Please Register or Log in to view the hidden image!

    It works, though (people understand what I meant). When I have trouble to think of a vocabulary of an object, let say "banana", I would use "long-yellow fruit", but when I have trouble to think of a vocabulary of a verb, I wouldn't be able to convey what I wanted to say.

    p.s.: I speak about 10 languages with different degrees of fluency.
     
  14. CutsieMarie89 Zen Registered Senior Member

    Messages:
    3,485
    Whenever I try to learn a new language I find, that I can read and write extremely well (except for Chinese which I'm taking now, I can read well but the writing...not so much). But I can't follow or make conversation to save my life. I've tried everything from watching children's shows to socializing with native speakers. But I always get lost. But I find I have the same problem in English. I read and write okay. I hear people, but often I'll have no idea what they said when they finish speaking. It gets embarrassing saying "what?" over and over again. Maybe it's just the way my brain works and has nothing to do with learning :shrug:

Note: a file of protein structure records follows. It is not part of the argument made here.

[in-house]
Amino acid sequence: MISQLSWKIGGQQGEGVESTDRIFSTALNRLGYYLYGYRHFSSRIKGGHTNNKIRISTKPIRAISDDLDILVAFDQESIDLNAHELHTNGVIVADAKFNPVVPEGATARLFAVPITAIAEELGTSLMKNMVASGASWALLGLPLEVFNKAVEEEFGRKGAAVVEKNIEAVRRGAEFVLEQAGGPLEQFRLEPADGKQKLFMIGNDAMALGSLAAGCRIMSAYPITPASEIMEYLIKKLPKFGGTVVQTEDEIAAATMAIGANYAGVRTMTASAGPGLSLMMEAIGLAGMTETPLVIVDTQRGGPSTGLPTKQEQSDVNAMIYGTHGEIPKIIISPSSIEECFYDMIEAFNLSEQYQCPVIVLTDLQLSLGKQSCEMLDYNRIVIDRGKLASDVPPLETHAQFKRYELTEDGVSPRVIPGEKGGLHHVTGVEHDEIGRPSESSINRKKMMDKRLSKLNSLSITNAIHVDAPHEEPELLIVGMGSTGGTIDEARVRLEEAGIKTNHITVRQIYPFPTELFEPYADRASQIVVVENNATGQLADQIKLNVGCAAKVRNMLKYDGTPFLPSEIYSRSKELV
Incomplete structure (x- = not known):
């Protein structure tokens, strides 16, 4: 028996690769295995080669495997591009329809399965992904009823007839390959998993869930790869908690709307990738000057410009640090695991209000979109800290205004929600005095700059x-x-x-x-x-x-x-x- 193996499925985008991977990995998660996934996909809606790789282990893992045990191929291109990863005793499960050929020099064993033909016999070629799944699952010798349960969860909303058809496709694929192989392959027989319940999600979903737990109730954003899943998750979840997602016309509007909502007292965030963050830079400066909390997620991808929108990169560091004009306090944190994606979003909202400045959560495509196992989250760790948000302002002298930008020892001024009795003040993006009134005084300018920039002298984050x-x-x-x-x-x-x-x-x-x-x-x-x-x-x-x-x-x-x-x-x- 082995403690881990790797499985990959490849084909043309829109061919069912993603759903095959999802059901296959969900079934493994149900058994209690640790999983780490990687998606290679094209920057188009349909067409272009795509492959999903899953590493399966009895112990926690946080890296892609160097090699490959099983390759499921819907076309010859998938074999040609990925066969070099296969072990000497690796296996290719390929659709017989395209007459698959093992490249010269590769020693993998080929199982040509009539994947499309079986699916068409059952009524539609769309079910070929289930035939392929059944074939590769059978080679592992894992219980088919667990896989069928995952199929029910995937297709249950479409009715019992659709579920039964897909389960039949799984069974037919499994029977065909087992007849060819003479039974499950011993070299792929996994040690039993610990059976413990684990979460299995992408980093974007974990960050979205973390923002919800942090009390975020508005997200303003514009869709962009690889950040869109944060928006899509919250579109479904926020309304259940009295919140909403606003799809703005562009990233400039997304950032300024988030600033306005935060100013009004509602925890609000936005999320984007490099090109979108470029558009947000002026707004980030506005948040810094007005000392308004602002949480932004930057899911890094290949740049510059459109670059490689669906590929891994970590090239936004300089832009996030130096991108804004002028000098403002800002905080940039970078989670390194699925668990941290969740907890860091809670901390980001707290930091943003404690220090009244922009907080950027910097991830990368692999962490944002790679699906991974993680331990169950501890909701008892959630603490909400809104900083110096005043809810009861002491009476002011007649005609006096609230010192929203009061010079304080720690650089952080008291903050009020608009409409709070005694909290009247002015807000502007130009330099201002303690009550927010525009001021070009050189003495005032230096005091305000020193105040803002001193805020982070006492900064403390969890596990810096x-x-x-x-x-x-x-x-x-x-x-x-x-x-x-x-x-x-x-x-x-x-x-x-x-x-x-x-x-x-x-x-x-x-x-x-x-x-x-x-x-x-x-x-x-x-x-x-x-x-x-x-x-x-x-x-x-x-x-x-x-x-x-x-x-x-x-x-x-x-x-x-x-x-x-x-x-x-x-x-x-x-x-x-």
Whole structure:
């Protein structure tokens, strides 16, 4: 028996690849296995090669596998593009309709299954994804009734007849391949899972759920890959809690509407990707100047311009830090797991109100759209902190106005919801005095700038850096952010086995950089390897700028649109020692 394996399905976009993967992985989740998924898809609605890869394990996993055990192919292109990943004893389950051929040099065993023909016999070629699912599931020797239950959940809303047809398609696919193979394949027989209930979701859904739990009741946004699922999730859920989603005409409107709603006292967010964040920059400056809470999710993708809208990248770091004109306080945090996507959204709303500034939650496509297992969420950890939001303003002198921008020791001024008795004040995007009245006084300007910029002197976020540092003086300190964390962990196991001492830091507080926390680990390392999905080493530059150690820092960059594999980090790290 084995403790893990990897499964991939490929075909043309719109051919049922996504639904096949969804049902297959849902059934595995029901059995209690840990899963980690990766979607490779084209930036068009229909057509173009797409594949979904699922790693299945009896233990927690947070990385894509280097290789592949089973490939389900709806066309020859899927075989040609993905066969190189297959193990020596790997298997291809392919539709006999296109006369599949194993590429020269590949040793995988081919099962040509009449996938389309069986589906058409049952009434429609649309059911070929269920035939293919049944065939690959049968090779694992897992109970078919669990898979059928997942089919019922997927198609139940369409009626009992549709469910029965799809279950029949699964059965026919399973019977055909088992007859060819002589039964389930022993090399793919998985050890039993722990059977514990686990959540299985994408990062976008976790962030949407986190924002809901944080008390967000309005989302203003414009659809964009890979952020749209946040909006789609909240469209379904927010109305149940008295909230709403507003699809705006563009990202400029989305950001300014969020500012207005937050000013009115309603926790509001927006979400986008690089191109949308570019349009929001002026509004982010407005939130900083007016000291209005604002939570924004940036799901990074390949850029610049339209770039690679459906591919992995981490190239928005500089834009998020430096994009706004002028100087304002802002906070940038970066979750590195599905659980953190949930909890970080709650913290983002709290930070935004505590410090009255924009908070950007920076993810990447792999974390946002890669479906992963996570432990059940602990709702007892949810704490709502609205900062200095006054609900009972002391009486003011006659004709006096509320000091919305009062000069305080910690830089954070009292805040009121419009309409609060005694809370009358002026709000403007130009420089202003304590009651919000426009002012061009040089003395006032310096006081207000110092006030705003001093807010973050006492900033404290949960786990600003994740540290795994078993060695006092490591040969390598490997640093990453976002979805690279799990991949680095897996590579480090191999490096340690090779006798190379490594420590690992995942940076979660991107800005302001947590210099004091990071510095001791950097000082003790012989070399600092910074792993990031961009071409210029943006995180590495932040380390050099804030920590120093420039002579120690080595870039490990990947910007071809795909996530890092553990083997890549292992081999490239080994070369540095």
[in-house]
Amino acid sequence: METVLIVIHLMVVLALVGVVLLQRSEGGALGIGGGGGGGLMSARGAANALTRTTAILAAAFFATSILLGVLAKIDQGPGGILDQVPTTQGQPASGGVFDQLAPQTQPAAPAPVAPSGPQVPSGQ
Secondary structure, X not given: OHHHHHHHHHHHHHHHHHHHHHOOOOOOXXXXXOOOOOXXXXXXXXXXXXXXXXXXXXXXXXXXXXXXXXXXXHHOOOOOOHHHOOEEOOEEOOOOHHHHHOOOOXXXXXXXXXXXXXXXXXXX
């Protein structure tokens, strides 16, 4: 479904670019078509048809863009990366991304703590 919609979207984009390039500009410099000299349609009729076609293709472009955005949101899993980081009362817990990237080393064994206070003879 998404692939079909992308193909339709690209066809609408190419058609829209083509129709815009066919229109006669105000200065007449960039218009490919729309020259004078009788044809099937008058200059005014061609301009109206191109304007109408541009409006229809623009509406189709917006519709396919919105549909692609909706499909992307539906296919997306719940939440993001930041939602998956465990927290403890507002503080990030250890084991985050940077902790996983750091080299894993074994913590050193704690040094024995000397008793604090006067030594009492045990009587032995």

15. cosmictraveler Be kind to yourself always. Valued Senior Member

    Messages:
    33,264
    I've had a problem with my primary language for my entire life. Trying to learn another that I would butcher up would be unwise at this point of my life.:itold:
     
  16. kmguru Staff Member

    Messages:
    11,757
    A person who speaks 3 languages is called Tri-lingual
    A person who speaks 2 languages is called Bi-lingual
    A person that speaks one language is called American

    Please Register or Log in to view the hidden image!

     
  17. Fraggle Rocker Staff Member

    Messages:
    24,690